I can’t identify the location for this photo but I’m guessing this was a rare visit to Tonbridge for us. But wherever it was, it is a nice record to have.

Paddling my own canoe

December 6, 2014

Back in the 1950s (and onwards) my family used to visit the loveliest of men. He was called Dick Wood and he lived at Leigh (formerly Lyghe) near Tonbridge in Kent. Back then Dick and his first Wife, Edie, lived peacefully in a council house in the village. Dick was a council worker. He made sure all was well at the village sewage works. It may sound like a job for someone of more limited academic ability but Dick was broadly read and had a huge fund of knowledge. He was a lovely chap. I hardly remember Edie who died when I was young but Dick remains a man I often think about. He really was a super human being.

Not only that, he had a canoe and here’s a picture by my dad of me paddling it. It was 1952 so I’d have been aged 3.

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But this, I have to say is a work of fiction, created by my dad in pre photoshop days. Here is the reality.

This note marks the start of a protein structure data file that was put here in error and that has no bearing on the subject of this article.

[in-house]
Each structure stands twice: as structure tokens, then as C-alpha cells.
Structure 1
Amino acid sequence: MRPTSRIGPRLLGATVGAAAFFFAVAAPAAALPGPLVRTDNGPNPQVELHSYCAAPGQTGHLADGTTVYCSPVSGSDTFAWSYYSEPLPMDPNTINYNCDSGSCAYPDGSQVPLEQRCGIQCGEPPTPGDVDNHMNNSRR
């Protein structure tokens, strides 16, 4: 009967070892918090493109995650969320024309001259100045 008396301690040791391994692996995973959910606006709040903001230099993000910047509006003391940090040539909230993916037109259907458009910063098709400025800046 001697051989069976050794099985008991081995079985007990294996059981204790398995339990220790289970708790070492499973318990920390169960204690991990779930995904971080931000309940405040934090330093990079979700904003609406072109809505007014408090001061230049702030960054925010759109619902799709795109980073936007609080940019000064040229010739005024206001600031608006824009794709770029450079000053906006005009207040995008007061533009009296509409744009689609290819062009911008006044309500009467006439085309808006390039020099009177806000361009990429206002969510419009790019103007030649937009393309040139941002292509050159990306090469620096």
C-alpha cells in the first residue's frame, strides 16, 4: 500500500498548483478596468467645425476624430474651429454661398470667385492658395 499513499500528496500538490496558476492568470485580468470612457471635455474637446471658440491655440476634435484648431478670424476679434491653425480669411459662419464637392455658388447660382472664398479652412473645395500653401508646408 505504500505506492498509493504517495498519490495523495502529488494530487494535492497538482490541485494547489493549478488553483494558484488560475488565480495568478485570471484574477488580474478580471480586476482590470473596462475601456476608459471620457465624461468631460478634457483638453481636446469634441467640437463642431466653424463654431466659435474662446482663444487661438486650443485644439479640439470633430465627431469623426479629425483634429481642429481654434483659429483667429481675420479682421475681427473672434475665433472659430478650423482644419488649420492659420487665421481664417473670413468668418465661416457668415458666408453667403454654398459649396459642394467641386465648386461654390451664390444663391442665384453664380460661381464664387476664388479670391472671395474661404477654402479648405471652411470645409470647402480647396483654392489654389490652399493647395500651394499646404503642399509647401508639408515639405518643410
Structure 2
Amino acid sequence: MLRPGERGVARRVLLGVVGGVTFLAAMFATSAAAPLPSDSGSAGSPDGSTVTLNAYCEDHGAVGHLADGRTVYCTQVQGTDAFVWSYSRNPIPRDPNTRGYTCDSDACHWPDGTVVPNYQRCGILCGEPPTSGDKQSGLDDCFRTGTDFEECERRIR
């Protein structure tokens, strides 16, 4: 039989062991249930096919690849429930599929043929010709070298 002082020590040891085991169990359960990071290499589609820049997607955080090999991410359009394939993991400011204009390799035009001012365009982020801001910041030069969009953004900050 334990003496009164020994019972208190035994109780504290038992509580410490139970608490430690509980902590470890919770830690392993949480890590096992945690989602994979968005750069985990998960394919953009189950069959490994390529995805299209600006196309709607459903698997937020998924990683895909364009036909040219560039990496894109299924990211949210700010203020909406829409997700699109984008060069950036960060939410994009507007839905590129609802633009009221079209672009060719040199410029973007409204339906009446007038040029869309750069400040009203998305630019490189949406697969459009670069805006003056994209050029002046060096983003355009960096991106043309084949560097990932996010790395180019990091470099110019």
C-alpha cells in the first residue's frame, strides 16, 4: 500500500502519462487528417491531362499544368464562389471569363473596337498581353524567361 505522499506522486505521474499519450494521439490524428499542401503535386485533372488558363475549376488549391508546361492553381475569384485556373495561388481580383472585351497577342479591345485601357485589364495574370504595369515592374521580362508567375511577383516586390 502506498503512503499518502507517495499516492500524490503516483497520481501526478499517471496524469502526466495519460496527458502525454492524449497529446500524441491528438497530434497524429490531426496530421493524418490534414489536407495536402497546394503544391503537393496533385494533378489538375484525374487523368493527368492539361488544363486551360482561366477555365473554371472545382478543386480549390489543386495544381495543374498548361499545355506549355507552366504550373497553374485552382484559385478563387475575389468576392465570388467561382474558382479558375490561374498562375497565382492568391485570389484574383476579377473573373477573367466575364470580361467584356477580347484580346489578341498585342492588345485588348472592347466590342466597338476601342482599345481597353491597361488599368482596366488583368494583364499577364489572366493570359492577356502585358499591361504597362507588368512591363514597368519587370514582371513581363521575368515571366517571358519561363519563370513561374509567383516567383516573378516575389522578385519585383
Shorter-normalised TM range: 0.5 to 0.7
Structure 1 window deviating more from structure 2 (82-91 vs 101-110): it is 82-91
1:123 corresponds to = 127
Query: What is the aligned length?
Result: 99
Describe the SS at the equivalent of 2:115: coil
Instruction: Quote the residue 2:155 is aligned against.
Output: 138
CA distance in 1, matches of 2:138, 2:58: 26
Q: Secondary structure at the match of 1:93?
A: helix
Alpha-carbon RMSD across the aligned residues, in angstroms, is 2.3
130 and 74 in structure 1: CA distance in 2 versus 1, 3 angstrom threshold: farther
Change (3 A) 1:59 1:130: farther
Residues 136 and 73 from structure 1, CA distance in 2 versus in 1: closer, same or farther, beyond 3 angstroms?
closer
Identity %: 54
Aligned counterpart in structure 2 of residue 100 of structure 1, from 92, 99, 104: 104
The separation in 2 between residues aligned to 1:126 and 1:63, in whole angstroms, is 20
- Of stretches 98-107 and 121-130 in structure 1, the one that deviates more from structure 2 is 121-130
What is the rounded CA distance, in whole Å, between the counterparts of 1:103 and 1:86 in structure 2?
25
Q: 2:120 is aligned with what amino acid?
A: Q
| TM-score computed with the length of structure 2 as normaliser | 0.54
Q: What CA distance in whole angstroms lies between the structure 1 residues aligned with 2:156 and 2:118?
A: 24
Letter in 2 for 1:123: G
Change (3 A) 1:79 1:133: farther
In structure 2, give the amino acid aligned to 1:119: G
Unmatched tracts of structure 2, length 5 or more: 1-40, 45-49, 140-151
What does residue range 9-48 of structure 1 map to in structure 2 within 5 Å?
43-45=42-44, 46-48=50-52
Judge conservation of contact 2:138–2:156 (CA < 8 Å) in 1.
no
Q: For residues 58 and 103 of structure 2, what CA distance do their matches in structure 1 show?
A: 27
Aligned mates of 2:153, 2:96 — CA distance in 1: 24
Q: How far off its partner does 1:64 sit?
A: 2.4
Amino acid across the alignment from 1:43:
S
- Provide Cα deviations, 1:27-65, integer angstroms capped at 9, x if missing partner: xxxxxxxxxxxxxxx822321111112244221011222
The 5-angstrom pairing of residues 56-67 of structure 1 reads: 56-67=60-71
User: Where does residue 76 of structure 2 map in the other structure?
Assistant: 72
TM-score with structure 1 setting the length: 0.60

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Yes the canoe is on stands in Dick’s garden.

Sadly Dick and Edie never had children of their own although they always maintained an interest in the evacuee who had stayed with them. I think they quite enjoyed our family.

Shoreham – 1952 and 2001

October 16, 2014

Once again, I’m looking at a photo from 2001. This one shows Shoreham Harbour.

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Well, it looks quite pleasing, with assorted pleasure craft idling away during the summer months. From time to time I ponder on just how much money is spent on pleasure craft which are rarely used.